March 25, 2018 2:44 pm
Updated: March 25, 2018 8:37 pm

Montreal receives $75M from provincial government to rehabilitate contaminated land

The provincial government has given Montreal $75 million over a four year period to help the city revitalize contaminated land. As Global's Billy Shields reports, the city is hoping to add more schools and 12,000 public housing units on reclaimed sites.


The Quebec government announced a $75-million grant over four years, to help Montreal rehabilitate contaminated soils on its territory.

Environment Minister Isabelle Melançon made the announcement in Verdun on Sunday.

Melançon said the investment makes sense not only from an environmental standpoint but is necessary for continued economic growth as well.

“We will protect our health, improve our quality of life, all the while promoting economic growth and the fight against global warming,” she said.

Story continues below

Melançon pointed out that abandoned properties with contaminated soils are among the last large tracts of land still available for development in the city.

READ MORE: Homeowners suing City of Montreal for $7M over contaminated land

Sunday’s announcement takes into account Montreal’s status as a Metropolis.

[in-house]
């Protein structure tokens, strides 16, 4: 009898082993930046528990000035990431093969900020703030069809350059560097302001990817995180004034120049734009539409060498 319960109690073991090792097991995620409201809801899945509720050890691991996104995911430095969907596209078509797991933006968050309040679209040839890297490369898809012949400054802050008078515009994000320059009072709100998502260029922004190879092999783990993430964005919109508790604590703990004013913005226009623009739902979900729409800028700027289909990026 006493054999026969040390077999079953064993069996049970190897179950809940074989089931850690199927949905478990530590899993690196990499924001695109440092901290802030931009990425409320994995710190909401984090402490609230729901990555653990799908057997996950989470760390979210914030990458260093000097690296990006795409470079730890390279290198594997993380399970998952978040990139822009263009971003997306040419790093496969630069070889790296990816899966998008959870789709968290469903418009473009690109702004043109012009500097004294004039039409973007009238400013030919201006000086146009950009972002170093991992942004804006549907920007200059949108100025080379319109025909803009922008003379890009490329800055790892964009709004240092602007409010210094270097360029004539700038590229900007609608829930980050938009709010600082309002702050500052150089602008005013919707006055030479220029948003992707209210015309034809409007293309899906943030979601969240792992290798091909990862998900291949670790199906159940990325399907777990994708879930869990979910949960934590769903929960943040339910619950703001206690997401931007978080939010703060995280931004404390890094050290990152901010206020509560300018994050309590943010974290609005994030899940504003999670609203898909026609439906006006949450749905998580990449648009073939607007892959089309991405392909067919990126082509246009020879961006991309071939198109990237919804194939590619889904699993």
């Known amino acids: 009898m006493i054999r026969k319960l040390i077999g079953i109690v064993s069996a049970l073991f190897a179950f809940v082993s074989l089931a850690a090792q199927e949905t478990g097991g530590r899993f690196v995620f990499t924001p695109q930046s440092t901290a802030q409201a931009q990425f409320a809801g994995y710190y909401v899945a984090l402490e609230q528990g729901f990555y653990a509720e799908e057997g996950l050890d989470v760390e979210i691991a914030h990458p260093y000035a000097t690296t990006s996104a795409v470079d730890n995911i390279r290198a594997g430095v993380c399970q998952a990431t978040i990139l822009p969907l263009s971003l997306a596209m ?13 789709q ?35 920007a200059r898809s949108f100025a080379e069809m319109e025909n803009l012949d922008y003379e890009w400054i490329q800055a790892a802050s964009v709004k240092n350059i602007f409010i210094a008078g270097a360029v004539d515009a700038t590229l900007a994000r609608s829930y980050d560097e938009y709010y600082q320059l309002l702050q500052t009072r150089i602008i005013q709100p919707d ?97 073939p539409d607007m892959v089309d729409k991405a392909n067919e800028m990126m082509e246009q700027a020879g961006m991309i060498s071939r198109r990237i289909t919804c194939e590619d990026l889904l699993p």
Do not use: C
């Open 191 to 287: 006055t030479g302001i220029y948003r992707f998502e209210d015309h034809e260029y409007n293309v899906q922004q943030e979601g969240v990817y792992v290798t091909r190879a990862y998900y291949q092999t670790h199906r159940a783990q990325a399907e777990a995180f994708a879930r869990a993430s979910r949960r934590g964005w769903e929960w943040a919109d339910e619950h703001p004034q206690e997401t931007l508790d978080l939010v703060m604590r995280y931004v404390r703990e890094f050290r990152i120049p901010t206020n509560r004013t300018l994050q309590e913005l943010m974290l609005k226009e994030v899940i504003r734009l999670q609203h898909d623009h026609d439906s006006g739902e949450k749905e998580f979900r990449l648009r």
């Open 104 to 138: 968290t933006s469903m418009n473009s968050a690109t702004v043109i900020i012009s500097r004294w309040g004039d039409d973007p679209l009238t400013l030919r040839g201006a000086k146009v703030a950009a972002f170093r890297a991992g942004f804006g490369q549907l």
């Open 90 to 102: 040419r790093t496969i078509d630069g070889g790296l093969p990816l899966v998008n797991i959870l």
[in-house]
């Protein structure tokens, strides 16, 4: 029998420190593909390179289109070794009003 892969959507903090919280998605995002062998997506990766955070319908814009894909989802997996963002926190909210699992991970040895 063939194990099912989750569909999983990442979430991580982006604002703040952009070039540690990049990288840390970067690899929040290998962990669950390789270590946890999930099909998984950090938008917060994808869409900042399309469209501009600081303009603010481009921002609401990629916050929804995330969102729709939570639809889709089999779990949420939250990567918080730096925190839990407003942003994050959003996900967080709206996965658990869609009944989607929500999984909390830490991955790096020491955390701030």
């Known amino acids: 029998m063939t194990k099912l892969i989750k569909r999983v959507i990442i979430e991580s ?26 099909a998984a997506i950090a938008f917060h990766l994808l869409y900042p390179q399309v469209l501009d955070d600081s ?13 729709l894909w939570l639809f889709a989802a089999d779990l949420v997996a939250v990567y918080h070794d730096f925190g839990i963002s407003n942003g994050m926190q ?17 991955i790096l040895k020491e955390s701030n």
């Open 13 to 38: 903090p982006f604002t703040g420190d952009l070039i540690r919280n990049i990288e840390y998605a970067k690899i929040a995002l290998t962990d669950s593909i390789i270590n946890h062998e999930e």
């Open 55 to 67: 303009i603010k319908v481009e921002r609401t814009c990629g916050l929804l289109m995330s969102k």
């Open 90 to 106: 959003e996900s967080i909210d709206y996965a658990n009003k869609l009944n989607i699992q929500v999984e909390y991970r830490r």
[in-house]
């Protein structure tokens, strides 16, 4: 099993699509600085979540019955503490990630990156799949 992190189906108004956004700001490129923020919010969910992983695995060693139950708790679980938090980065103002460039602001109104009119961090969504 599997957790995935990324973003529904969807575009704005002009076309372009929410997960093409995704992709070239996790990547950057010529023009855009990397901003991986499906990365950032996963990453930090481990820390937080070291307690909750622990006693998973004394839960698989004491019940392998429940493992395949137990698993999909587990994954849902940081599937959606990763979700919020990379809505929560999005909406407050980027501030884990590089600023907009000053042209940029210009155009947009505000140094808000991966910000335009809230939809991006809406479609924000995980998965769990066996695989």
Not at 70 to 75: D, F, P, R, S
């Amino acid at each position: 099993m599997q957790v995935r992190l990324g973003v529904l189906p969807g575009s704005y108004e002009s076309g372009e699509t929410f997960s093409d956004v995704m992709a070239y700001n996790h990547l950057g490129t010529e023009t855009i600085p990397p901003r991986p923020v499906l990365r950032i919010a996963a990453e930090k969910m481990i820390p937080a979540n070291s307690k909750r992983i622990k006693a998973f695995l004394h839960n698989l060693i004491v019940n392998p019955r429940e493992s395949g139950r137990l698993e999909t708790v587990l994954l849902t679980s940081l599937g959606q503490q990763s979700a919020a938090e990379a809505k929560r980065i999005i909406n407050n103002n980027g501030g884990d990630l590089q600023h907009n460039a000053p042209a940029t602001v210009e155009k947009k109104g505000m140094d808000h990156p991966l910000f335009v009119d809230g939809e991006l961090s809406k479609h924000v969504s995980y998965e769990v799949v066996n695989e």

In terms of rehabilitating contaminated land, the city will be able to determine its own priorities in order to meet the specific needs of its population.

WATCH BELOW: Montreal residents living on garbage dump promised ‘solution’

Montreal Mayor Valérie Plante welcomed the announcement, saying it will allow the  city to accelerate plans for more social housing and reclaiming tracts of industrial land.

Plante also mentioned the grant could be used by the private sector to help diminish the cost of decontaminating soil not located on municipal land.

READ MORE: As Pointe-Claire residents wait, timetable for PCB cleanup mired in court

Public Security Minister Martin Coiteux, who is also the MNA responsible for the region of Montreal, said rehabilitating contaminated soils will make it easier to go ahead with urban revitalization projects, including the creation of green spaces.

Despite having free rein on where to spend the money, Melançon made it clear Montreal would be held to the same standards as other municipalities, in terms of accountability and reporting on progress made.

— With files from The Canadian Press

© 2018 Global News, a division of Corus Entertainment Inc.

Report an error


Want to discuss? Please read our Commenting Policy first.